Researchers at West Virginia University are using artificial intelligence to counter soaring costs of health care and deliver more efficient and accurate diagnoses of cardiovascular diseases.
Donald Adjeroh, professor and associate chair in the Lane Department of Computer Science and Electrical Engineering, has assembled a team from the Statler College of Engineering and Mineral Resources, WVU Health Sciences, West Virginia State University and three campuses of the University of Arkansas System to work on a $4 million project funded by the National Science Foundation.
According to Adjeroh, AI can be used to assist physicians in making more efficient and effective diagnoses, which could mean the difference between life and death for a patient.
“This means that humans (doctors and health care professionals) can spend more of their time on other things, such as more face-to-face interactions with patients,” Adjeroh said. “This also means that the doctor’s time will be used more efficiently, leading to an overall reduction in costs to hospitals or clinics, which in turn will be passed down to the patients.”
AI technology has unique advantages over human diagnoses, including the ability to sift through large datasets and recognize patterns that are associated with certain diseases or outcomes, which humans may find very difficult to do on their own in a similar time frame.
“One of the most pressing problems facing the United States today is the rapidly increasing cost of health care,” Adjeroh said. “For states such as West Virginia and Arkansas, the rising cost of health care poses an even more critical problem.”
West Virginia and Arkansas consistently rank among the top states in the U.S. for obesity, diabetes, heart attacks, heart disease and deaths, Adjeroh explained.
“The burden of poor health standing in general is felt not only in health care costs, but also in available workforce, lost productivity and even in academic achievement,” said Partho Sengupta, Abnash C. Jain chair, chief of cardiology and director of the Center for Cardiac Innovation at the WVU Heart and Vascular Institute.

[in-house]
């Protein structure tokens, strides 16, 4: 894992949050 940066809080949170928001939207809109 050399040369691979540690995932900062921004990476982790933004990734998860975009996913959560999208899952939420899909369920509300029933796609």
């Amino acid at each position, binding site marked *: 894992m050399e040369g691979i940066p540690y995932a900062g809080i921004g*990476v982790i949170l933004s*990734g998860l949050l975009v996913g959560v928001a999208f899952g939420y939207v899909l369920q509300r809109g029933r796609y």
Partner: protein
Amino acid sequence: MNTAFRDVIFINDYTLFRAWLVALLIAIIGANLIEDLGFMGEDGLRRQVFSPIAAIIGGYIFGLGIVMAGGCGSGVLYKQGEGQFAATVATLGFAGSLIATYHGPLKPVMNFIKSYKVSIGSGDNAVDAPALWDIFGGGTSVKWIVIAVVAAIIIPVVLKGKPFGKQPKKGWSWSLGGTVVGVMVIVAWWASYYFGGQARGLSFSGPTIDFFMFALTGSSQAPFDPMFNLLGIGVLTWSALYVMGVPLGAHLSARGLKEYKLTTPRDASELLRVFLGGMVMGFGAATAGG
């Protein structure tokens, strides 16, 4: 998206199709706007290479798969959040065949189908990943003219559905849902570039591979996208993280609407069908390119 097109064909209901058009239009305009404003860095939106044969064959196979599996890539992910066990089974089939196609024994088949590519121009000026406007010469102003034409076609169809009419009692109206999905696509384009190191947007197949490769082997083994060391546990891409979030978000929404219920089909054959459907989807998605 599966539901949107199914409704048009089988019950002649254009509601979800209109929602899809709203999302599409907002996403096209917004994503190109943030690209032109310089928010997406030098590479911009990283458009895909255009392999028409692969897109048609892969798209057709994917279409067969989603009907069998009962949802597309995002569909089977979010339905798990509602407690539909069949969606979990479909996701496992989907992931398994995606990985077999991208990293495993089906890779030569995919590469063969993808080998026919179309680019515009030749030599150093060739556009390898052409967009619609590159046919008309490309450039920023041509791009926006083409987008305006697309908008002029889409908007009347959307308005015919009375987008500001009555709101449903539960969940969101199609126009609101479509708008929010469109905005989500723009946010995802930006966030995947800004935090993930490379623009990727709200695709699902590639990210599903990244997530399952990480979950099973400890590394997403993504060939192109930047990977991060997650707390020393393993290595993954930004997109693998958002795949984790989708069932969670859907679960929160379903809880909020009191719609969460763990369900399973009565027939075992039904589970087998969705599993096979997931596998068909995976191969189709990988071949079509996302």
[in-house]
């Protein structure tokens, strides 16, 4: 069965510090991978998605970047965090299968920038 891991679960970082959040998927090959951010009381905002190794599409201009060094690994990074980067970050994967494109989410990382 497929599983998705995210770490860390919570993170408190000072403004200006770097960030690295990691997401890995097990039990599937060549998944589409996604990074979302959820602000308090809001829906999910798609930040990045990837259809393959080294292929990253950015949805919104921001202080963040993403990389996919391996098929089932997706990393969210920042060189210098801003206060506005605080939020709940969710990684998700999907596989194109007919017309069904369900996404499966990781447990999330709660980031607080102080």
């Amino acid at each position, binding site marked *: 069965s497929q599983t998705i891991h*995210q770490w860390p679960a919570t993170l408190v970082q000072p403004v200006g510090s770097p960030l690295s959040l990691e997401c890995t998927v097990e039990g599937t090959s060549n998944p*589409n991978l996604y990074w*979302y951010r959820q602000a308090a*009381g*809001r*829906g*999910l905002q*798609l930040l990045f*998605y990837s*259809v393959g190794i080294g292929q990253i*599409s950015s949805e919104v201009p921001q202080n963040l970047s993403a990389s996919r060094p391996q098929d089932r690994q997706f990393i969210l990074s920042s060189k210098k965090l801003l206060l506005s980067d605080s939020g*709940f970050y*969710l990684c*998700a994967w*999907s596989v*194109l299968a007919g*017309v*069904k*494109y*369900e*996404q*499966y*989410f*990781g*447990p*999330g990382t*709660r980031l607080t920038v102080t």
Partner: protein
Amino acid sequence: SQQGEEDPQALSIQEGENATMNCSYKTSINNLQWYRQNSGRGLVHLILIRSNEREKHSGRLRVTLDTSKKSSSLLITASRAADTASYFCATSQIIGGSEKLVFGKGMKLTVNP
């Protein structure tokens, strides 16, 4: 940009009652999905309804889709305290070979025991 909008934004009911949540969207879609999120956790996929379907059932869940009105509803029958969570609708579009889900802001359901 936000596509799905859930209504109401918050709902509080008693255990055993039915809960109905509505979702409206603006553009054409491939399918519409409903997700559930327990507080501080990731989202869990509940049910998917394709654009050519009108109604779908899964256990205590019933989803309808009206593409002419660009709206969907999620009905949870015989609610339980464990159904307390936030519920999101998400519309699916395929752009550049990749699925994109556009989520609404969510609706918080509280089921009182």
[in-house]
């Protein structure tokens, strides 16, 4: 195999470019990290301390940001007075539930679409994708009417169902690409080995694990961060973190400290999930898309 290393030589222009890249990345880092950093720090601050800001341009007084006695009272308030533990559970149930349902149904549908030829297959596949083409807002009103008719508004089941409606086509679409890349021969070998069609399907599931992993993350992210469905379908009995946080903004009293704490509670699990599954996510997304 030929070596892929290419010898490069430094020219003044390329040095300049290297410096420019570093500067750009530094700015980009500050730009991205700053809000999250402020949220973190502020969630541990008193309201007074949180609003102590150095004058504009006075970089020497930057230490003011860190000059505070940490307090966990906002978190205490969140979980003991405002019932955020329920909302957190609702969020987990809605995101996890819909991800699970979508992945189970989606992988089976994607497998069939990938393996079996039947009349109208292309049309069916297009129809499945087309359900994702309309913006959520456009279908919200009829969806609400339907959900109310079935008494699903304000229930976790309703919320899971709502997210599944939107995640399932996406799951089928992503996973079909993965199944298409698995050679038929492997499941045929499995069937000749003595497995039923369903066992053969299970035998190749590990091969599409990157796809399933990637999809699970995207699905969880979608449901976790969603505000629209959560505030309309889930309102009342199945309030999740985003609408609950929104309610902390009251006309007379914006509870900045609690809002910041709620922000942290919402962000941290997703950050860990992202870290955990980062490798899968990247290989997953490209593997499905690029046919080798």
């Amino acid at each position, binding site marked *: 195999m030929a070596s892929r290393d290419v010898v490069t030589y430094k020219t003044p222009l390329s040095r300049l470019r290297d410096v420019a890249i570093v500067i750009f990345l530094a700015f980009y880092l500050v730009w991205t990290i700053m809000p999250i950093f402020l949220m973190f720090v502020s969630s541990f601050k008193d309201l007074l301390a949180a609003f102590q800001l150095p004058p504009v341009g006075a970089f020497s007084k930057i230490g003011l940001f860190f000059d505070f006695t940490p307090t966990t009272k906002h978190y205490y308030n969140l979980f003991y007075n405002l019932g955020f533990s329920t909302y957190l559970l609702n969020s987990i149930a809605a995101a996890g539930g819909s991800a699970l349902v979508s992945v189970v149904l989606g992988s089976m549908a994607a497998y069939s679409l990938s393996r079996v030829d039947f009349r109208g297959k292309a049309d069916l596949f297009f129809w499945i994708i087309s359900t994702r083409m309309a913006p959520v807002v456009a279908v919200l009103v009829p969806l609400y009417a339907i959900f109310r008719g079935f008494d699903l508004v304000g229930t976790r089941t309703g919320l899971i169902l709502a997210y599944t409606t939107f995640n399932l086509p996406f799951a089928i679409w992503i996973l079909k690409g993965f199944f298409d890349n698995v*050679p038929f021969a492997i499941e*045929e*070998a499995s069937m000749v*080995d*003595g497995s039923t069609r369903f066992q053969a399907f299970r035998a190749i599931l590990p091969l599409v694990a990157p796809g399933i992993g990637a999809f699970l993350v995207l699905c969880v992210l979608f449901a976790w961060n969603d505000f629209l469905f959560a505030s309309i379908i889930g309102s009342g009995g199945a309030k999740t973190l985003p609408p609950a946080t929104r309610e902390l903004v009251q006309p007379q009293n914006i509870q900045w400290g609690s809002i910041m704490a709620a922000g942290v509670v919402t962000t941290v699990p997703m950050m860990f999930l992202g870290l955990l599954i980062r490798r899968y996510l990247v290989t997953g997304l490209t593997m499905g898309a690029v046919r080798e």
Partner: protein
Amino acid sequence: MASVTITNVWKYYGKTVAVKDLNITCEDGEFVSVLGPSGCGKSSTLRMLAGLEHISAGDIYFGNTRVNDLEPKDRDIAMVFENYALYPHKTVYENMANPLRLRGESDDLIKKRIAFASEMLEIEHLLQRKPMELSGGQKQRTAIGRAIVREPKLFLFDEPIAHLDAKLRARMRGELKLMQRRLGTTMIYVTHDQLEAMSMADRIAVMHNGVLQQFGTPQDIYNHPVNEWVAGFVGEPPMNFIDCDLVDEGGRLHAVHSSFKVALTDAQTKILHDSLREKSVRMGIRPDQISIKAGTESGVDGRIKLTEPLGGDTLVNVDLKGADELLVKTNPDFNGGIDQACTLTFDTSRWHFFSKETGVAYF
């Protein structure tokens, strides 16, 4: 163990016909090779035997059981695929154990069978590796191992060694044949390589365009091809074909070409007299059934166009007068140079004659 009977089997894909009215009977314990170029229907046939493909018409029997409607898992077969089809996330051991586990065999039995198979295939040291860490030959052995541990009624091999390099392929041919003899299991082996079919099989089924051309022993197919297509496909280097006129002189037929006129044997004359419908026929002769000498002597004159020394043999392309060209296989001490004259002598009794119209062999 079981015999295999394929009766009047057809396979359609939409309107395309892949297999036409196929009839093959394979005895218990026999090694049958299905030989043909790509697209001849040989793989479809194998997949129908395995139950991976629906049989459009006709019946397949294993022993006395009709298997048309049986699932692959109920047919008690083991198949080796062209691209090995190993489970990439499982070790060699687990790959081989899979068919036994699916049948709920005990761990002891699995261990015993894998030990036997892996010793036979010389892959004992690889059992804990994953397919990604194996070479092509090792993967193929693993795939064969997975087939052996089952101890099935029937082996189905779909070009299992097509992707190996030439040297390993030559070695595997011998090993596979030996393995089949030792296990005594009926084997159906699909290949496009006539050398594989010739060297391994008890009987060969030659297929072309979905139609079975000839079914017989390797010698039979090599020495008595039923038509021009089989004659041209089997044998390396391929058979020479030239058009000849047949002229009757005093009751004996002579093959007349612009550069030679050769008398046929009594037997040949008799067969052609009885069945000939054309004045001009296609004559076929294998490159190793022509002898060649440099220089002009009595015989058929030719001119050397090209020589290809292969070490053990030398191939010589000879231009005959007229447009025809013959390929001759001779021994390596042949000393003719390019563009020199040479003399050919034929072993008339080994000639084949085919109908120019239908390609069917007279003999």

Sengupta will work with Adjeroh and Gianfranco Doretto, associate professor of computer science and electrical engineering, to use AI techniques to detect cardiovascular diseases before symptoms begin to surface, which will give health care professionals a head start on preventing the disease from developing to a critical stage.
The integrative project aims to address research challenges associated with AI, including new privacy methods to protect an individual’s health data, establishing trust in AI results, improved efficiency in data analysis by AI systems and a study of the misinformation and health-related propaganda found on social media.
“We see this challenge as a unique opportunity for a technology-driven transformation of the economy in West Virginia and Arkansas, with a real potential for important scientific discovery in both AI and smart health applications,” Sengupta said.
The four-year project led by WVU will build on previous research efforts by the Statler College and the Center for Cardiac Innovation.
To coincide with the research activities, the project will involve high school students in STEM-related activities through the Health Sciences and Technology Academy, led by its director, Ann Chester. Students participating in the program will conduct experiments by using smartwatches or other wearable devices provided by the grant to monitor their own health.
In addition, students will be trained on AI and big data techniques, and how these can be applied to address problems in healthcare.
“Digital health is an important and growing area of research that has real potential for translation into practice,” said Pradeep Fulay, associate dean for research in the Statler College. “Don and Partho have shown great leadership in forming this multidisciplinary, multi-institutional team and I look forward to seeing what breakthroughs will emerge that can ultimately help the citizens of West Virginia.”
Other WVU faculty involved in the project include Don McLaughlin, Nasser Nasrabadi and Xin Li, from the Statler College, as well as Marie Abate, Ivan Martinez and Valerie Satkoske, from Health Sciences.
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